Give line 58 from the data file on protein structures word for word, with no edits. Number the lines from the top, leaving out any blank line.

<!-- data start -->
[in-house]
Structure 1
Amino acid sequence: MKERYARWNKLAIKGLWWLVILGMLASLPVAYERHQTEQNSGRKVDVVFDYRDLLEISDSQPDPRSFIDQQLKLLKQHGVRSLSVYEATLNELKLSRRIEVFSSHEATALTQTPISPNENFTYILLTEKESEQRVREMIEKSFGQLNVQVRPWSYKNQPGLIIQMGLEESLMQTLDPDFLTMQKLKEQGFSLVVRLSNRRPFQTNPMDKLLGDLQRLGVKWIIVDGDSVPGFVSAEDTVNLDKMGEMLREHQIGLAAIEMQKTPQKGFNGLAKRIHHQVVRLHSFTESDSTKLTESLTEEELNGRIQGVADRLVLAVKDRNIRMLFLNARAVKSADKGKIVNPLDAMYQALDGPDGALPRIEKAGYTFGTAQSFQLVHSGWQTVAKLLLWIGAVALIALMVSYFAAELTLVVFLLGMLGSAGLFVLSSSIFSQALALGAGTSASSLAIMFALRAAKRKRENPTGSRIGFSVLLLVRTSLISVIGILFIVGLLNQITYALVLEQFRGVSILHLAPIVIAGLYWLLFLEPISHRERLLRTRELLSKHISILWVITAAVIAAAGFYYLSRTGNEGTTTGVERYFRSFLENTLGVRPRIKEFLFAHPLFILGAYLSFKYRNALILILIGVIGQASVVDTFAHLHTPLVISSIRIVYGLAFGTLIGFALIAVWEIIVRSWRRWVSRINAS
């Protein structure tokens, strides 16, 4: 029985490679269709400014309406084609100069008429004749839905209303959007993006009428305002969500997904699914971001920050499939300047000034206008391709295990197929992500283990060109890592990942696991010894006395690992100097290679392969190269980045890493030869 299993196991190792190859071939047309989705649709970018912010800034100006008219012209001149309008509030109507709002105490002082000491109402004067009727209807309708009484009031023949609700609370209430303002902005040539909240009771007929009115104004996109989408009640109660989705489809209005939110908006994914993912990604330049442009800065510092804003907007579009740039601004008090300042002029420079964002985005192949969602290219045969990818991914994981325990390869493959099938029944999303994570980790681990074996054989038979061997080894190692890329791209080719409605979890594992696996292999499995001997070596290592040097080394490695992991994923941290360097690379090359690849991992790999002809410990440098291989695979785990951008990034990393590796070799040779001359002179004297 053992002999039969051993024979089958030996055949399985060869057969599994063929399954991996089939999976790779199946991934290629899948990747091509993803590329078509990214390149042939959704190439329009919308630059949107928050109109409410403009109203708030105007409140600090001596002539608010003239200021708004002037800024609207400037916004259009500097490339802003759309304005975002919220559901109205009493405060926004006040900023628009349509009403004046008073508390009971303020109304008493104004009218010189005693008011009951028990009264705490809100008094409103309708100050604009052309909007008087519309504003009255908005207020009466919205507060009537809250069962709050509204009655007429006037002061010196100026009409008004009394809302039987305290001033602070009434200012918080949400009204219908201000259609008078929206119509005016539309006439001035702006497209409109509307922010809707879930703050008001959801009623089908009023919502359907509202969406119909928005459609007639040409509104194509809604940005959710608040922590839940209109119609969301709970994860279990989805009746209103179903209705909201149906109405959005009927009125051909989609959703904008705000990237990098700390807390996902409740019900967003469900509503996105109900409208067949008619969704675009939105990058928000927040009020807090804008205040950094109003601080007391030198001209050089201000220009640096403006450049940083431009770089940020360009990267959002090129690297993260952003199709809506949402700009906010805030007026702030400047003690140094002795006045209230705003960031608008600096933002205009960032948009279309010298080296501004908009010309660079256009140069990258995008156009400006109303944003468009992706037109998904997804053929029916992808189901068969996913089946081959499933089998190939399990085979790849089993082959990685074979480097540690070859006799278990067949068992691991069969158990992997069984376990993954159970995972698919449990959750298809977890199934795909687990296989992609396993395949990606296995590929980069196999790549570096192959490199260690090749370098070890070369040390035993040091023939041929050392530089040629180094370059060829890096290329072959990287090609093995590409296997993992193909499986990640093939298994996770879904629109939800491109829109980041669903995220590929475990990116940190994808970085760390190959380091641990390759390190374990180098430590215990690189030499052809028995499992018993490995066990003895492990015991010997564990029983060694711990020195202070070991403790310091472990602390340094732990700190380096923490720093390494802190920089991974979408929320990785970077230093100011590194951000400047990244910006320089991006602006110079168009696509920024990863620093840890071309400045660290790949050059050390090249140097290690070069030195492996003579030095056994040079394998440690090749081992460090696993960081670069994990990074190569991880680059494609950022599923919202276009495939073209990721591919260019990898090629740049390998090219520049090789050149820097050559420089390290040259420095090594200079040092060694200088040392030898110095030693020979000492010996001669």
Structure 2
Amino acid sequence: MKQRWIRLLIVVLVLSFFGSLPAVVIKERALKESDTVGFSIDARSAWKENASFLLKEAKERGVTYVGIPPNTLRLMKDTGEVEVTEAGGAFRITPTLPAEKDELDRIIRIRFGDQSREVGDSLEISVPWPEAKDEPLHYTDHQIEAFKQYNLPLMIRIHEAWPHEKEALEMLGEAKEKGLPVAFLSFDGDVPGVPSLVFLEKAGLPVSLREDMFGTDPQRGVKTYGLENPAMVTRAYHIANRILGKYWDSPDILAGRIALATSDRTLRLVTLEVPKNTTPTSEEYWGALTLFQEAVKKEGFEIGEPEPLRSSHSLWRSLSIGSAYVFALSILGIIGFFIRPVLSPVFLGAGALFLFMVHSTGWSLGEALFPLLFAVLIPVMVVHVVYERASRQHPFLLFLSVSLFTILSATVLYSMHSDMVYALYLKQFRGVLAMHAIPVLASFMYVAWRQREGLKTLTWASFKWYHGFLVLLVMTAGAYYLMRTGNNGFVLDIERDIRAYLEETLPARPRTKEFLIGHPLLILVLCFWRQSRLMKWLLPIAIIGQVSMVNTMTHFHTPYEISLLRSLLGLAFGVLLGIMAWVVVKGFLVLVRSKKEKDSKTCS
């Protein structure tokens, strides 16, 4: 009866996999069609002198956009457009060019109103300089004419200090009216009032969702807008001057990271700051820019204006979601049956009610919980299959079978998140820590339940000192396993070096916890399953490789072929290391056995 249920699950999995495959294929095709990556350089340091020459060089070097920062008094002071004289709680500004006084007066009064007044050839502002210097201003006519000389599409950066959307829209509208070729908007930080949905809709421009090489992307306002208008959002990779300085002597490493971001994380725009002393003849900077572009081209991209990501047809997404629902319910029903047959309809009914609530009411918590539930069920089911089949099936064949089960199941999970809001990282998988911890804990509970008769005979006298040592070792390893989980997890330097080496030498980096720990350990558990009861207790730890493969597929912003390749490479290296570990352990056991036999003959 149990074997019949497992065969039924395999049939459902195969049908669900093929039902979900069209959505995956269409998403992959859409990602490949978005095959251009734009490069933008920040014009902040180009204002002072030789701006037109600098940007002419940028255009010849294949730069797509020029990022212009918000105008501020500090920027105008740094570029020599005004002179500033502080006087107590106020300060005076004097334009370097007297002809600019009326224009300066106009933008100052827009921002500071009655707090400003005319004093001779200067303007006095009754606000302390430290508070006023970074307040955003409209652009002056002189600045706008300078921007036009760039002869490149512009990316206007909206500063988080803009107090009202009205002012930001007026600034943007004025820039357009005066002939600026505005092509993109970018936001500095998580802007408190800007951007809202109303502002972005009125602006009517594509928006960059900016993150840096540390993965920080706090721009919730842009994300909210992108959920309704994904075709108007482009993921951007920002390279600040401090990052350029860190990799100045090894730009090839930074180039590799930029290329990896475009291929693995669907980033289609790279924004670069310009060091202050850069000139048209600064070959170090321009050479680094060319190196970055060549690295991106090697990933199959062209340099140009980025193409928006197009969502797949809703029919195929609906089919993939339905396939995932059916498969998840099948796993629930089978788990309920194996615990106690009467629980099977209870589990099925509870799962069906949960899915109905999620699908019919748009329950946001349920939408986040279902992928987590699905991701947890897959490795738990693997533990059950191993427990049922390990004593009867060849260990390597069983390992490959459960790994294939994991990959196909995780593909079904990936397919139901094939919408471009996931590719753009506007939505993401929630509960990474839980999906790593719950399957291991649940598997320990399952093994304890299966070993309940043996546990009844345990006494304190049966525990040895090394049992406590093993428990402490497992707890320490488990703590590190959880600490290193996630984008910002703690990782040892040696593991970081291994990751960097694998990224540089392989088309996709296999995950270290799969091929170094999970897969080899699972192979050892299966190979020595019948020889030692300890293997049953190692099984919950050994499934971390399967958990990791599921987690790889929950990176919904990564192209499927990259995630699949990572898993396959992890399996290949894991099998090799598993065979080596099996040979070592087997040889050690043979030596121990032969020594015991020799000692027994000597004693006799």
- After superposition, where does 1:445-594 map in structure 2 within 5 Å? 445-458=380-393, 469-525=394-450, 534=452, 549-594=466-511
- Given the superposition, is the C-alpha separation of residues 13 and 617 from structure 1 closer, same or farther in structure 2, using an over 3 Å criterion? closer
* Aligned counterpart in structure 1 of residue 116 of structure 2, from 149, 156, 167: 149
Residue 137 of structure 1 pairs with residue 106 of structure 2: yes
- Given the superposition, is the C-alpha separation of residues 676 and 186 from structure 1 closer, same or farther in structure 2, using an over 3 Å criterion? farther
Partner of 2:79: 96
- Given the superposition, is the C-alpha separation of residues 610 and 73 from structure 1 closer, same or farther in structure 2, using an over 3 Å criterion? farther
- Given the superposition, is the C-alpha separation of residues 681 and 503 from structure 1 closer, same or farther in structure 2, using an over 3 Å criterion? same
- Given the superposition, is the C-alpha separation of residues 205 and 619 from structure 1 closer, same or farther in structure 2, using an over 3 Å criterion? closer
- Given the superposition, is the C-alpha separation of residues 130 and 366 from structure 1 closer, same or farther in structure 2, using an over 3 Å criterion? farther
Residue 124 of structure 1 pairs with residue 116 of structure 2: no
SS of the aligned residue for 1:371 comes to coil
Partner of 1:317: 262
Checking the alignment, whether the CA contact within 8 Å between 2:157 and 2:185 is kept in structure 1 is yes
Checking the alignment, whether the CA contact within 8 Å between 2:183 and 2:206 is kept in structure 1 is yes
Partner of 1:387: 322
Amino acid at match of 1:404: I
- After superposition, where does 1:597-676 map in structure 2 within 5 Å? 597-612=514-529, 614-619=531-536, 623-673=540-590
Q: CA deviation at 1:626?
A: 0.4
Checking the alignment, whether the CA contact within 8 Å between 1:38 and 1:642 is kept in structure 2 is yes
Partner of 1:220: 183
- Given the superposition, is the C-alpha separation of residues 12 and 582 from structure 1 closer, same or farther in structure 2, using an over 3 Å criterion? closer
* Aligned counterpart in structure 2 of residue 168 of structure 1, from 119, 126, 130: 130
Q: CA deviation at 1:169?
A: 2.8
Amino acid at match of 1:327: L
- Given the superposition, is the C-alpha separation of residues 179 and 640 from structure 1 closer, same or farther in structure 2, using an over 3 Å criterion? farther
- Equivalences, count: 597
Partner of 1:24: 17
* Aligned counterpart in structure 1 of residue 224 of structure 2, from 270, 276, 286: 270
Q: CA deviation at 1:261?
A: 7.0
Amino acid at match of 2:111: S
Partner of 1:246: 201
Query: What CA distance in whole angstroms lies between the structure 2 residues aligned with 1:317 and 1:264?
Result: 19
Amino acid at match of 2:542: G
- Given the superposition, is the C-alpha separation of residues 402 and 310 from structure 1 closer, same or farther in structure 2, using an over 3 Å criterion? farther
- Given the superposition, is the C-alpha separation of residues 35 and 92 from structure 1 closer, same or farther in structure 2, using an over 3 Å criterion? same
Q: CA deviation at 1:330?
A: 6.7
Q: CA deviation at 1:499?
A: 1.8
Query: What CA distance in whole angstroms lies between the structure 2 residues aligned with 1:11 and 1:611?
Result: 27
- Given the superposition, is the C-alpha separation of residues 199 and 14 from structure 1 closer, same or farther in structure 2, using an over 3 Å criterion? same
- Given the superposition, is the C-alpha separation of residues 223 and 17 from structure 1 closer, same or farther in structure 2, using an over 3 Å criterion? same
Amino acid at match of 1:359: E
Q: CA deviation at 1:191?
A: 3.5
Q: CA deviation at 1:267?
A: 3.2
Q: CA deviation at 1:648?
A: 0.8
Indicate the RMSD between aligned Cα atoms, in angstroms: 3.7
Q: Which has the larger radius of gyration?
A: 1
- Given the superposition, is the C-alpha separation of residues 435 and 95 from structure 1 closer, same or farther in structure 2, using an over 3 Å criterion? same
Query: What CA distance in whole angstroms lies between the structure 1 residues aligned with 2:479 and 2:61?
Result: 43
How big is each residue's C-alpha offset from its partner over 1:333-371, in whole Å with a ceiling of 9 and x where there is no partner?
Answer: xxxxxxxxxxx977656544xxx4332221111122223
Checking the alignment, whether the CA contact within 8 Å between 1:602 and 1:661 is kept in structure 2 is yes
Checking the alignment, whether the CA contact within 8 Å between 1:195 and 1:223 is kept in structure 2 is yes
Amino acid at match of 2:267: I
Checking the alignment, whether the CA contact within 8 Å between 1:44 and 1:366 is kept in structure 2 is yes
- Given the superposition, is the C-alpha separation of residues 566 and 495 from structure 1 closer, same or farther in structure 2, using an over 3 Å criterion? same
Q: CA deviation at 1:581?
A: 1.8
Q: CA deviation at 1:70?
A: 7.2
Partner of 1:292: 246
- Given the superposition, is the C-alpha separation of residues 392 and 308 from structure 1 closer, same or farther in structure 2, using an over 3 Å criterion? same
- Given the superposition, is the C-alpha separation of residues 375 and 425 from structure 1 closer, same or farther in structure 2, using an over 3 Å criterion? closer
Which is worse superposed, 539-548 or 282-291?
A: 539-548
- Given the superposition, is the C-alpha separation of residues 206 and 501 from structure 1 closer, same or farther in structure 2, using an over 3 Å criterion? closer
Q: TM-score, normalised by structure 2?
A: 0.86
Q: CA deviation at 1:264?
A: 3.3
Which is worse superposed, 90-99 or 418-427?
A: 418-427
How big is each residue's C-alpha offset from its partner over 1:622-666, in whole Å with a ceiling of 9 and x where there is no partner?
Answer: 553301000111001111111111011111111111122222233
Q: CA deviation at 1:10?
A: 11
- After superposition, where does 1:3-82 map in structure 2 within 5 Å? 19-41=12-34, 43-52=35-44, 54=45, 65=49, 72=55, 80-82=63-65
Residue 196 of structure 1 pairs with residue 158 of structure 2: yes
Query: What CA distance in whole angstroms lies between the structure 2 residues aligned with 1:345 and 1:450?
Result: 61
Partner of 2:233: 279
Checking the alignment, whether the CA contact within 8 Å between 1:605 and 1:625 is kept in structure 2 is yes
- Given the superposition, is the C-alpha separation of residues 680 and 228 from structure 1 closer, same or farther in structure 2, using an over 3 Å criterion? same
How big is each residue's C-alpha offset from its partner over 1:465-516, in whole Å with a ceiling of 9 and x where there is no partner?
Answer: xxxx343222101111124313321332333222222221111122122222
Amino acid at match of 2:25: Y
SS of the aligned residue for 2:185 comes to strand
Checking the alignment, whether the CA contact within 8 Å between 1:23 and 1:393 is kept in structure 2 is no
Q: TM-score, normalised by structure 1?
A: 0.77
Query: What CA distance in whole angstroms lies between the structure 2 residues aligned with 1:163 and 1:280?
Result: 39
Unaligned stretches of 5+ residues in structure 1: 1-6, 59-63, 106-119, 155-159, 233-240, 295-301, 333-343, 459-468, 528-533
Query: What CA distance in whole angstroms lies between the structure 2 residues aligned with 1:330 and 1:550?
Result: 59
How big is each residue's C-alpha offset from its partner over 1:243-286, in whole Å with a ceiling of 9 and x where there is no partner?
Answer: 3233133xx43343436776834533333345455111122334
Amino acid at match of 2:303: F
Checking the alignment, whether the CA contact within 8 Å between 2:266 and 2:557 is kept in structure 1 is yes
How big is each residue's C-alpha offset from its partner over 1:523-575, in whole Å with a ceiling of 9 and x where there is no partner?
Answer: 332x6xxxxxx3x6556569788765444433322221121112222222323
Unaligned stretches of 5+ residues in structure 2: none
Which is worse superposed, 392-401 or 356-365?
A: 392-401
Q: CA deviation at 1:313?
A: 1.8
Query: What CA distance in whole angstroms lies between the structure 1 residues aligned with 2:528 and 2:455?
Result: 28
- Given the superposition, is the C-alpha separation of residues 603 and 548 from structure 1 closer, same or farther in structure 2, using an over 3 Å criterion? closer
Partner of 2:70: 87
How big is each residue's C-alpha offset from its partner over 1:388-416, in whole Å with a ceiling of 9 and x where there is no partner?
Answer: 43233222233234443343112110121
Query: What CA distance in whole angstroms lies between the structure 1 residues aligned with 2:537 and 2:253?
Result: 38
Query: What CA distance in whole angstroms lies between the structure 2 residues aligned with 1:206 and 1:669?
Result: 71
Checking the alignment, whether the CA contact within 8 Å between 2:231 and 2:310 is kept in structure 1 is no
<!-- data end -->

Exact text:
A: 3.5